Worship in Spirit & in Truth via Liturgy (Part 2)

Jesus declared in John 4:23-24 that “the hour is coming, and is now here, when the true worshipers will worship the Father in spirit and truth, for the Father is seeking such people to worship him. God is spirit, and those who worship him must worship in spirit and truth.” In my last article, I showed how using liturgy in worship enables us to worship in God “in truth,” as the language of the prayers and liturgy of the best Prayer Books in the Anglican tradition are steeped in and drawn from Scripture (click here for the full post). Let us now turn to the question of whether liturgy can facilitate worshipping God “in spirit.”

Much debate has occurred over what exactly Jesus meant by “in spirit and truth.” At a bare minimum, his charge implies that worship cannot simply be mental assent to things which are true, with no involvement of the heart. This type of heartless religious observance often characterized Israel’s worship of God; He had instructed them at Sinai as to the ins and outs of the sacrificial system, while calling them to love Him with their whole hearts. As time progressed, the sacrifices kept being offered physically, even long after the hearts of the Israelites had strayed to other gods. This empty worship earned them the rebuke of the prophets. Isaiah, for instance, critiqued the Israelites as a people who honored God with their lips, but their hearts were far from Him (Isaiah 29:13).

The contention that liturgical worship leads to same place as Israelite worship is where many opponents of liturgical worship take their stand, as I myself once did. Such worship, they contend, results in a dead faith. It is not without reason that the nickname “the frozen chosen” has been put upon those within the Episcopal tradition! Reliance upon written prayers and pre-formed service orders can result in the mindless reading of prayers and creeds. This can be as true for the clergy as for the people, with nary a heart engaged in the proceedings. While this critique can be valid, it need not be so. To see a prescription for this malady, let us look at one point of revival in Israel’s history, found during the ministry of Ezra.

In Nehemiah 8, the people of God had returned to the land after being in exile, and were gathered together in Jerusalem. There Ezra read to them from the Torah. Nehemiah 8:8-9 recounts that after the reading, the Levites “helped the people to understand the Law, while the people remained in their places. They read from the book, from the Law of God, clearly, and they gave the sense, so that the people understood the reading.” This text is often used as a reference to the role and importance of preaching, and rightly so! But consider also that a portion of the Law, Genesis-Deuteronomy, contains the liturgies for Israel’s worship of God. They heard the stories of Creation and Fall, God’s preserving Noah through the Flood, His choosing of Abraham, Isaac, and Jacob, His mighty deliverance of Israel from slavery in Egypt, and His preservation of His people through the wilderness. They heard also of all the moral laws given with the covenant at Sinai. And they heard about all of the different sacrifices and rituals they were commanded to offer up and partake in for their right worship of God. The explanation of the Levites would have needed to cover all these things. So, it was not just the explanation of doctrines and recounting of narrative, but a meaningful explanation of worship practices and liturgies as well.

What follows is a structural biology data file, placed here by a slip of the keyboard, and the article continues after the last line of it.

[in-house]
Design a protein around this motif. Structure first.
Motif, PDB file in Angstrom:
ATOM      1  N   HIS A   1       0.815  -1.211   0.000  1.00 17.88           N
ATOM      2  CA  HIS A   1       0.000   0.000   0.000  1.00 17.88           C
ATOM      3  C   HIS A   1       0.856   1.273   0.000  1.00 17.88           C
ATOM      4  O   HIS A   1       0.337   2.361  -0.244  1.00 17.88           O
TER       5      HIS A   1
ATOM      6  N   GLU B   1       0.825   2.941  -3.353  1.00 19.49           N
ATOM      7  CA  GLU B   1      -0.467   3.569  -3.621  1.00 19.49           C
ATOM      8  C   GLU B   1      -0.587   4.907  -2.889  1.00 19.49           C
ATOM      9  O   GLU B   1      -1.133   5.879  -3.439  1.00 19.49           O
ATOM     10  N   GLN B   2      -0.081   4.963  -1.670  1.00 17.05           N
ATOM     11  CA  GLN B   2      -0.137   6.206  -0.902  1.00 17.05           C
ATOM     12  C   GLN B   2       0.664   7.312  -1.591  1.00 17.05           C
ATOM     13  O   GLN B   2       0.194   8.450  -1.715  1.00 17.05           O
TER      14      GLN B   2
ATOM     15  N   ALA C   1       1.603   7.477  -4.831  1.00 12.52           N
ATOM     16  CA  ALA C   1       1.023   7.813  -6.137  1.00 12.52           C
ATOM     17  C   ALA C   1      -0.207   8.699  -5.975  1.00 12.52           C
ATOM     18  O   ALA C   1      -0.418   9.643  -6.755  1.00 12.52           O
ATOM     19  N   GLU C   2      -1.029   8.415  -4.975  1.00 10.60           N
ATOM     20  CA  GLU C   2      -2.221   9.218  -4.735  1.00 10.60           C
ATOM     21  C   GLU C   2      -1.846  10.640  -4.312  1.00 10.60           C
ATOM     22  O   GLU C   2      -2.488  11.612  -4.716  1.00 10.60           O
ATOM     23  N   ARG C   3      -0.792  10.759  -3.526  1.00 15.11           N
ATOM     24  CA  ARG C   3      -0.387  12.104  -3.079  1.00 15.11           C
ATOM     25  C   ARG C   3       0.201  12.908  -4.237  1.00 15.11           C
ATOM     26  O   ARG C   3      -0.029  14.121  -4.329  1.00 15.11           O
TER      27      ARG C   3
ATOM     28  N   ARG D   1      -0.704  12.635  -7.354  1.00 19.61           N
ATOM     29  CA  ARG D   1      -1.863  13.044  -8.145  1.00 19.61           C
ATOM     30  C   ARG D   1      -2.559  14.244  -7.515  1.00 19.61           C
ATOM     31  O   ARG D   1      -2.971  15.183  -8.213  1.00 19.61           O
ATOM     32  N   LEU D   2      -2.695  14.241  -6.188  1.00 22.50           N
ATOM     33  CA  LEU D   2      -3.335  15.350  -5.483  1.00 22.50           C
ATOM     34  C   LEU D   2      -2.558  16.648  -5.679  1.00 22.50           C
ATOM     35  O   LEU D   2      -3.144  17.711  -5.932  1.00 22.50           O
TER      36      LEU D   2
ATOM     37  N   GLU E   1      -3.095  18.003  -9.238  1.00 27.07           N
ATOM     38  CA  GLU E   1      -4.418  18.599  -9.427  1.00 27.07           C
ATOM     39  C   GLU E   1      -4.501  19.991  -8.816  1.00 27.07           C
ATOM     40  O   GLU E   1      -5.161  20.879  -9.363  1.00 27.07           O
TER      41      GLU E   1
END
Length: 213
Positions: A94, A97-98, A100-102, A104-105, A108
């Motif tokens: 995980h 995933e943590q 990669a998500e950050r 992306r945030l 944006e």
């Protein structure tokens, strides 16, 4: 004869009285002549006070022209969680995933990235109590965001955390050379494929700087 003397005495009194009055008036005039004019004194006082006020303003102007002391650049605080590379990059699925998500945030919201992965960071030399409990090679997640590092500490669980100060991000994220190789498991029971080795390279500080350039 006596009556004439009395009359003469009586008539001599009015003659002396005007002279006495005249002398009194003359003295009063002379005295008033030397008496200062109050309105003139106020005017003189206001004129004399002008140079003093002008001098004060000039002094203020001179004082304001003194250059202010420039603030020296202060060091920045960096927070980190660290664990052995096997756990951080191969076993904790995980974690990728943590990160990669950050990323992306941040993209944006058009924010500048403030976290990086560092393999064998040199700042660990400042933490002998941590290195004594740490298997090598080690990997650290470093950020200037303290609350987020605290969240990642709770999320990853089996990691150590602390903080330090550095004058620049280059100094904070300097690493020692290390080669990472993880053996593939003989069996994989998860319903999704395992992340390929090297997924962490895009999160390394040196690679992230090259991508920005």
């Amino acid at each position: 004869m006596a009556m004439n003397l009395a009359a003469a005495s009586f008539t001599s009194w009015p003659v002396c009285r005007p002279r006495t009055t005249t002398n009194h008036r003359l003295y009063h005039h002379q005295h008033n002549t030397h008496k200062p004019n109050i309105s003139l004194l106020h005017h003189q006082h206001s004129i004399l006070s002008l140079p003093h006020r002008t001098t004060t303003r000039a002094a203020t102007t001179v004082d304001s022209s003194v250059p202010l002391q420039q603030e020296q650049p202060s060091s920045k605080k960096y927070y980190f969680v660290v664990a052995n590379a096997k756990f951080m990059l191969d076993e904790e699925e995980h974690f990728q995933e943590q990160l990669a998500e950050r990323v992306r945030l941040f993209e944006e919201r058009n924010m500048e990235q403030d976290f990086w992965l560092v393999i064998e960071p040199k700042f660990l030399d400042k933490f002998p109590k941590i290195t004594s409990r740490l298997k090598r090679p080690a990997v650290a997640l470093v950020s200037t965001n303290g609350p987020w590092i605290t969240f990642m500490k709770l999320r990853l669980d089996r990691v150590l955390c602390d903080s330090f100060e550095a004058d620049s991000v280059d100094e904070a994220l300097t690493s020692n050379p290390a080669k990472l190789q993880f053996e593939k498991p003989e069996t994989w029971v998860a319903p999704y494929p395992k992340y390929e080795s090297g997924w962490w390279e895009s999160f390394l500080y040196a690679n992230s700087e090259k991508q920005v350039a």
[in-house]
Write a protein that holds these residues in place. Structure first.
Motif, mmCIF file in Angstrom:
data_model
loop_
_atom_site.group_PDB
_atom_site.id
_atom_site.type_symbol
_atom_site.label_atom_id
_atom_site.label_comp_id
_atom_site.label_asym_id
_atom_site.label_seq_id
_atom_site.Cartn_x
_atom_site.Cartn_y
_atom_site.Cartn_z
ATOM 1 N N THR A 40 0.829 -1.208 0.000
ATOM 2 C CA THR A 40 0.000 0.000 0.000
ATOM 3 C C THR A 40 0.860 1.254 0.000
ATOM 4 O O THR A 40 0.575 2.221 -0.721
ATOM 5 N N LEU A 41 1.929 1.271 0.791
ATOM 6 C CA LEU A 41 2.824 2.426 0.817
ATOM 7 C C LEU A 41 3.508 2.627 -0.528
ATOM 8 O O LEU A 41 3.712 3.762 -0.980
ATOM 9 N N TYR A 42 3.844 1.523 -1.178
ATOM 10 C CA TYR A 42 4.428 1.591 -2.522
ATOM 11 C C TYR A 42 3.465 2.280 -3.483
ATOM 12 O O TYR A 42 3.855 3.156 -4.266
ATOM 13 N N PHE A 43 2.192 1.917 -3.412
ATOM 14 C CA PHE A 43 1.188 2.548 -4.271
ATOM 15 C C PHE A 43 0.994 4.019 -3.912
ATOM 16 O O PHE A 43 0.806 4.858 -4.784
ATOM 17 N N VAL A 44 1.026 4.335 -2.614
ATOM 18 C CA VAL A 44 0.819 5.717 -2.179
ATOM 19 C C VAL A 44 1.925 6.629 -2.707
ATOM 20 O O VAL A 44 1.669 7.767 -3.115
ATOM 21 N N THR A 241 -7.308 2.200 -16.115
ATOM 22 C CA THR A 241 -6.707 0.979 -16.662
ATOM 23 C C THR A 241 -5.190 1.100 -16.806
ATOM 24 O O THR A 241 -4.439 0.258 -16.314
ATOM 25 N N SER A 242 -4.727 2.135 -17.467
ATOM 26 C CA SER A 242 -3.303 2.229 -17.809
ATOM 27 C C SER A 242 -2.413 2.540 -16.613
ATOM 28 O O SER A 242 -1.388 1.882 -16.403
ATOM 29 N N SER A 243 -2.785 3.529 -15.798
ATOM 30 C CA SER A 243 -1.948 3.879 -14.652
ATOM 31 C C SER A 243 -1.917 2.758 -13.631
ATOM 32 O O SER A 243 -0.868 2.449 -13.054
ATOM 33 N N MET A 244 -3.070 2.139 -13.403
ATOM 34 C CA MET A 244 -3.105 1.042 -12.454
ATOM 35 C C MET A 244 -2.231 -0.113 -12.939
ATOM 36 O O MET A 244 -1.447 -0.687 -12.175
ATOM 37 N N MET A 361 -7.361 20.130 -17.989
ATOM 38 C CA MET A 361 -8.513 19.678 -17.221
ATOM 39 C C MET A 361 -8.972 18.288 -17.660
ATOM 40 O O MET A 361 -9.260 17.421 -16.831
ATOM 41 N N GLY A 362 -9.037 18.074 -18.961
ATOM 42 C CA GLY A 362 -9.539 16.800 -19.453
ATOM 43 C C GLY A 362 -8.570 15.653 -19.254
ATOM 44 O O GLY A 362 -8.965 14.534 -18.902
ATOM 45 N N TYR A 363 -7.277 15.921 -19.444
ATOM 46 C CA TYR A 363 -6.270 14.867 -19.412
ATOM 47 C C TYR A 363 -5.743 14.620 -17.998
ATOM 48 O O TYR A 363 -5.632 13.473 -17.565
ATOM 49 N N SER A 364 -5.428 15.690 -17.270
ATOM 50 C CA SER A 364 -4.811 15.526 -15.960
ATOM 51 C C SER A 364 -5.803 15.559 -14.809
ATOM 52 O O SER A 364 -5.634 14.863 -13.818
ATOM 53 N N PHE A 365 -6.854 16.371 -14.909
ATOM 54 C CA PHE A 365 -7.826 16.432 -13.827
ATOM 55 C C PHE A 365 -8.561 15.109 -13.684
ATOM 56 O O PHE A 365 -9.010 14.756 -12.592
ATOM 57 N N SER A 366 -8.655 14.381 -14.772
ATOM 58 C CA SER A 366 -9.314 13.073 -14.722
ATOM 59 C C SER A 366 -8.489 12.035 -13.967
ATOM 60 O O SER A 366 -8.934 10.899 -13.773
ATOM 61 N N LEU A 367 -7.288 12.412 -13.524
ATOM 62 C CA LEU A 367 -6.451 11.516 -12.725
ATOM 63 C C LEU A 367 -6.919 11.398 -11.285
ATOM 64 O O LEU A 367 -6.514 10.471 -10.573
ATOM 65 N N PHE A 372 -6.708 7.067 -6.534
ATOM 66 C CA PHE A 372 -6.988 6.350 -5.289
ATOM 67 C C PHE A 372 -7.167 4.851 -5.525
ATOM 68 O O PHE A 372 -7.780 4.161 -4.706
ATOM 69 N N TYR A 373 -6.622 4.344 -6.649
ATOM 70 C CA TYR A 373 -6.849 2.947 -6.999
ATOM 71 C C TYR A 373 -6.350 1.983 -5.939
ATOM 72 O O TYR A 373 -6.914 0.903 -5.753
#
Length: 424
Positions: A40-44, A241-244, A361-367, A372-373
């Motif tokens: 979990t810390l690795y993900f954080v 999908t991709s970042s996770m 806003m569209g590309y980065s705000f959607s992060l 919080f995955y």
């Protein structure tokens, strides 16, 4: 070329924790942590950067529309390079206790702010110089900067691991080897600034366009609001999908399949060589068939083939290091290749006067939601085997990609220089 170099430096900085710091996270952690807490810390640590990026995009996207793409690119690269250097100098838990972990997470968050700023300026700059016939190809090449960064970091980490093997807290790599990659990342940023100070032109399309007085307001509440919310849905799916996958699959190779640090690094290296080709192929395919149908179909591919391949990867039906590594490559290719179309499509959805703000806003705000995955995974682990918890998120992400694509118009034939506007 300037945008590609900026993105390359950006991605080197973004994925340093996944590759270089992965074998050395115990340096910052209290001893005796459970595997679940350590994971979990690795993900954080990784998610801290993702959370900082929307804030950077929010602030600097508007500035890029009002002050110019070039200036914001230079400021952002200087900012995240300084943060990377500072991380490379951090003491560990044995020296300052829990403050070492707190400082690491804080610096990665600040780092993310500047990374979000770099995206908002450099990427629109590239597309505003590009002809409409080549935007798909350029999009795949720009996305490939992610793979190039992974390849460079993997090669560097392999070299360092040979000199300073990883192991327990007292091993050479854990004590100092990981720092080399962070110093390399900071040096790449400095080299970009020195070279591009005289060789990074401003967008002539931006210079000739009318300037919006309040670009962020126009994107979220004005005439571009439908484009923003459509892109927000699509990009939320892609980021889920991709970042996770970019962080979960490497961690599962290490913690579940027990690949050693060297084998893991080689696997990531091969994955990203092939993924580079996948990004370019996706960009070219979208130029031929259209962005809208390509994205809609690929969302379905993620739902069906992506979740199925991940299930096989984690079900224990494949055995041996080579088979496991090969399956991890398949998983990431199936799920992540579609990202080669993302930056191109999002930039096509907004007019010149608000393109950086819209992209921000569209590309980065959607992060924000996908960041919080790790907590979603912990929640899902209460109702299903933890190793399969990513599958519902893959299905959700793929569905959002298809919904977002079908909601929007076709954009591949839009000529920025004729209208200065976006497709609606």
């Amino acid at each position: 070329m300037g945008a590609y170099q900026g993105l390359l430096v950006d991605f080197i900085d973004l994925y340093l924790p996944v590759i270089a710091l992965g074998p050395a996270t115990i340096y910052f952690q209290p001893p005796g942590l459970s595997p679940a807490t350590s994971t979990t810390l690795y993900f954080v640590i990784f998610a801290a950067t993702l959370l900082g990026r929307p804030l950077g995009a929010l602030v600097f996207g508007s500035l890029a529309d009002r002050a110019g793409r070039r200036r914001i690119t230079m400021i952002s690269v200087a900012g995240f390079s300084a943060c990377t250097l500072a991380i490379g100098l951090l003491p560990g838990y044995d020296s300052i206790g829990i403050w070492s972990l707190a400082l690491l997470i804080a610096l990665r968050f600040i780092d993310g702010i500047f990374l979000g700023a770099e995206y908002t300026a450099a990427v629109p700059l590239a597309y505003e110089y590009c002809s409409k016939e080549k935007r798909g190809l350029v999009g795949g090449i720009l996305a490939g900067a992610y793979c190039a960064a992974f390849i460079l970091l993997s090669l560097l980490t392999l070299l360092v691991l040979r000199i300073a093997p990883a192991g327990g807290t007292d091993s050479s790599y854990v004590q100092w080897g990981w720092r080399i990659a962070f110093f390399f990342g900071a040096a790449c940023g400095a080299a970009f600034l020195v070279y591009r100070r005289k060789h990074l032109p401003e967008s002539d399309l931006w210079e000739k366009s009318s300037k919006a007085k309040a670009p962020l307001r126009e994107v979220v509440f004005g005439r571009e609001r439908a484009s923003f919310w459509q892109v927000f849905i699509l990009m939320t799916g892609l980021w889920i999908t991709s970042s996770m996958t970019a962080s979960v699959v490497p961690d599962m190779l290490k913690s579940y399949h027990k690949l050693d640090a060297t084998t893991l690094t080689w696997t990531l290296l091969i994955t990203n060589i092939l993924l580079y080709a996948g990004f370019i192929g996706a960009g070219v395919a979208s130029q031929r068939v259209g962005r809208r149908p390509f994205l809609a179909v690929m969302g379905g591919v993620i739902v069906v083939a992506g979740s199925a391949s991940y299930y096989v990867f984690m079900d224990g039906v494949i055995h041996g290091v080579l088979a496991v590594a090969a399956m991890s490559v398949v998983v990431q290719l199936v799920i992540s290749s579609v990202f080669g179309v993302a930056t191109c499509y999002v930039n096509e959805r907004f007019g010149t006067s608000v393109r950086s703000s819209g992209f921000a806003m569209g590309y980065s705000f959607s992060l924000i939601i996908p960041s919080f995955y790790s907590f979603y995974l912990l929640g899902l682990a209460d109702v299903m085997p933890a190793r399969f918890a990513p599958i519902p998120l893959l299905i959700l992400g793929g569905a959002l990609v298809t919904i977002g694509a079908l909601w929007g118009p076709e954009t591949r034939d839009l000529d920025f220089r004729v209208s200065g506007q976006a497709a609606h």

Personally, I have found such explanations to be vital for worshipping God in a liturgical setting. As I have better understood the flow of the liturgy, the underlying purpose of each prayer and how each part flows together into the whole, it has greatly strengthened my heart’s personal engagement with liturgical worship. Understanding how the opening prayers and responses of a Holy Communion service, for example, repeatedly emphasize the need for the human heart to be shaped to desire God, His Word, and His ways, has helped me to pray with a heart that is engaged (for the full liturgy on this section, click here). The more I have learned the origins and purpose of each part of the liturgy, the more I am able to be engaged in worship in both spirit and in truth.